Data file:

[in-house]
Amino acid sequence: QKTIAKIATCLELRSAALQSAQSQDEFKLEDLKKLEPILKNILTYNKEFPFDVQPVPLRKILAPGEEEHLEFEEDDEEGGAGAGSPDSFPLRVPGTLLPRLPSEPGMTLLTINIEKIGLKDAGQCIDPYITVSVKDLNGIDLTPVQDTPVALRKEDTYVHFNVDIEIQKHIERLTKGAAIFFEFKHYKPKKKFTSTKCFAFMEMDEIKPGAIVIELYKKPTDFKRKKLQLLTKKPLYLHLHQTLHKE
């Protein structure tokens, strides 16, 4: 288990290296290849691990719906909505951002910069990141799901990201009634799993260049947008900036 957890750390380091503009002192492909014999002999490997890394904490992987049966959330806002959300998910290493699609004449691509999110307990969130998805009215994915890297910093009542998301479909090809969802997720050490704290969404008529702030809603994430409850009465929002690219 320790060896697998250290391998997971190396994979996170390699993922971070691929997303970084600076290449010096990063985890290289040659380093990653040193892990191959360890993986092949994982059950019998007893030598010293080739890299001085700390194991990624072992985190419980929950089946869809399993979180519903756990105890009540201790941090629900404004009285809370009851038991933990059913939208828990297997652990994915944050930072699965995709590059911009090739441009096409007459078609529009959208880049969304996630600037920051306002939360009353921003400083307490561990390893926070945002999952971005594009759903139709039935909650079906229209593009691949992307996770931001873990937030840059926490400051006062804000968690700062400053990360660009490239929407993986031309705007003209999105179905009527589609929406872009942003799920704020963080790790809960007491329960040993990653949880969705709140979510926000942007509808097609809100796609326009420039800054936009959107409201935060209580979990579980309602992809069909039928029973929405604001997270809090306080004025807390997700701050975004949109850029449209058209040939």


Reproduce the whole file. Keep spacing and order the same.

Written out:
[in-house]
Amino acid sequence: QKTIAKIATCLELRSAALQSAQSQDEFKLEDLKKLEPILKNILTYNKEFPFDVQPVPLRKILAPGEEEHLEFEEDDEEGGAGAGSPDSFPLRVPGTLLPRLPSEPGMTLLTINIEKIGLKDAGQCIDPYITVSVKDLNGIDLTPVQDTPVALRKEDTYVHFNVDIEIQKHIERLTKGAAIFFEFKHYKPKKKFTSTKCFAFMEMDEIKPGAIVIELYKKPTDFKRKKLQLLTKKPLYLHLHQTLHKE
């Protein structure tokens, strides 16, 4: 288990290296290849691990719906909505951002910069990141799901990201009634799993260049947008900036 957890750390380091503009002192492909014999002999490997890394904490992987049966959330806002959300998910290493699609004449691509999110307990969130998805009215994915890297910093009542998301479909090809969802997720050490704290969404008529702030809603994430409850009465929002690219 320790060896697998250290391998997971190396994979996170390699993922971070691929997303970084600076290449010096990063985890290289040659380093990653040193892990191959360890993986092949994982059950019998007893030598010293080739890299001085700390194991990624072992985190419980929950089946869809399993979180519903756990105890009540201790941090629900404004009285809370009851038991933990059913939208828990297997652990994915944050930072699965995709590059911009090739441009096409007459078609529009959208880049969304996630600037920051306002939360009353921003400083307490561990390893926070945002999952971005594009759903139709039935909650079906229209593009691949992307996770931001873990937030840059926490400051006062804000968690700062400053990360660009490239929407993986031309705007003209999105179905009527589609929406872009942003799920704020963080790790809960007491329960040993990653949880969705709140979510926000942007509808097609809100796609326009420039800054936009959107409201935060209580979990579980309602992809069909039928029973929405604001997270809090306080004025807390997700701050975004949109850029449209058209040939």